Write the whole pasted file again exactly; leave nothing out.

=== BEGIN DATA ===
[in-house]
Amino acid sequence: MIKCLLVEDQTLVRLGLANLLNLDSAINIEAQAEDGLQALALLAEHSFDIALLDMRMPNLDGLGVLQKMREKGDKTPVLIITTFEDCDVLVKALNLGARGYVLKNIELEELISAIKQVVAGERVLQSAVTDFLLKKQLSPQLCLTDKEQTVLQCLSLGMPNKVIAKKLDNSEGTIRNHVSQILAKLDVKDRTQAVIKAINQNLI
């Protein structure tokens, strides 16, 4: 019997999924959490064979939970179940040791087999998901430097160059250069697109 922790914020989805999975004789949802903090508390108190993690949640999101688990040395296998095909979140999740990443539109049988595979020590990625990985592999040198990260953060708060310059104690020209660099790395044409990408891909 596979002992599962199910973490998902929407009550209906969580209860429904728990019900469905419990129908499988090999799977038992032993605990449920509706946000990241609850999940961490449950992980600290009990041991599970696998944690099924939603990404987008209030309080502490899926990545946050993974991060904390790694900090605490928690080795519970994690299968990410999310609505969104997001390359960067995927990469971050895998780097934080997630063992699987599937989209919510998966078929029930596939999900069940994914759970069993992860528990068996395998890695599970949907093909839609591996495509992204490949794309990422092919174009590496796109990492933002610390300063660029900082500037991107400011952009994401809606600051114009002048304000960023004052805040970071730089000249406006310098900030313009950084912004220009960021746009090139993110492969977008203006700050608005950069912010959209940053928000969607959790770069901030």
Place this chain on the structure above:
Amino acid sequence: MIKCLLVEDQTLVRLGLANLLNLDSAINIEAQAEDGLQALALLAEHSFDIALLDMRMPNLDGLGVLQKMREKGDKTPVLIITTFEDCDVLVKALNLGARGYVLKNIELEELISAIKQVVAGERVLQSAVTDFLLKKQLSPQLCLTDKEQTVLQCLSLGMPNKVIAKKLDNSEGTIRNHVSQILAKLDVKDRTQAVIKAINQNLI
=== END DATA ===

[in-house]
Amino acid sequence: MIKCLLVEDQTLVRLGLANLLNLDSAINIEAQAEDGLQALALLAEHSFDIALLDMRMPNLDGLGVLQKMREKGDKTPVLIITTFEDCDVLVKALNLGARGYVLKNIELEELISAIKQVVAGERVLQSAVTDFLLKKQLSPQLCLTDKEQTVLQCLSLGMPNKVIAKKLDNSEGTIRNHVSQILAKLDVKDRTQAVIKAINQNLI
């Protein structure tokens, strides 16, 4: 019997999924959490064979939970179940040791087999998901430097160059250069697109 922790914020989805999975004789949802903090508390108190993690949640999101688990040395296998095909979140999740990443539109049988595979020590990625990985592999040198990260953060708060310059104690020209660099790395044409990408891909 596979002992599962199910973490998902929407009550209906969580209860429904728990019900469905419990129908499988090999799977038992032993605990449920509706946000990241609850999940961490449950992980600290009990041991599970696998944690099924939603990404987008209030309080502490899926990545946050993974991060904390790694900090605490928690080795519970994690299968990410999310609505969104997001390359960067995927990469971050895998780097934080997630063992699987599937989209919510998966078929029930596939999900069940994914759970069993992860528990068996395998890695599970949907093909839609591996495509992204490949794309990422092919174009590496796109990492933002610390300063660029900082500037991107400011952009994401809606600051114009002048304000960023004052805040970071730089000249406006310098900030313009950084912004220009960021746009090139993110492969977008203006700050608005950069912010959209940053928000969607959790770069901030």
Place this chain on the structure above:
Amino acid sequence: MIKCLLVEDQTLVRLGLANLLNLDSAINIEAQAEDGLQALALLAEHSFDIALLDMRMPNLDGLGVLQKMREKGDKTPVLIITTFEDCDVLVKALNLGARGYVLKNIELEELISAIKQVVAGERVLQSAVTDFLLKKQLSPQLCLTDKEQTVLQCLSLGMPNKVIAKKLDNSEGTIRNHVSQILAKLDVKDRTQAVIKAINQNLI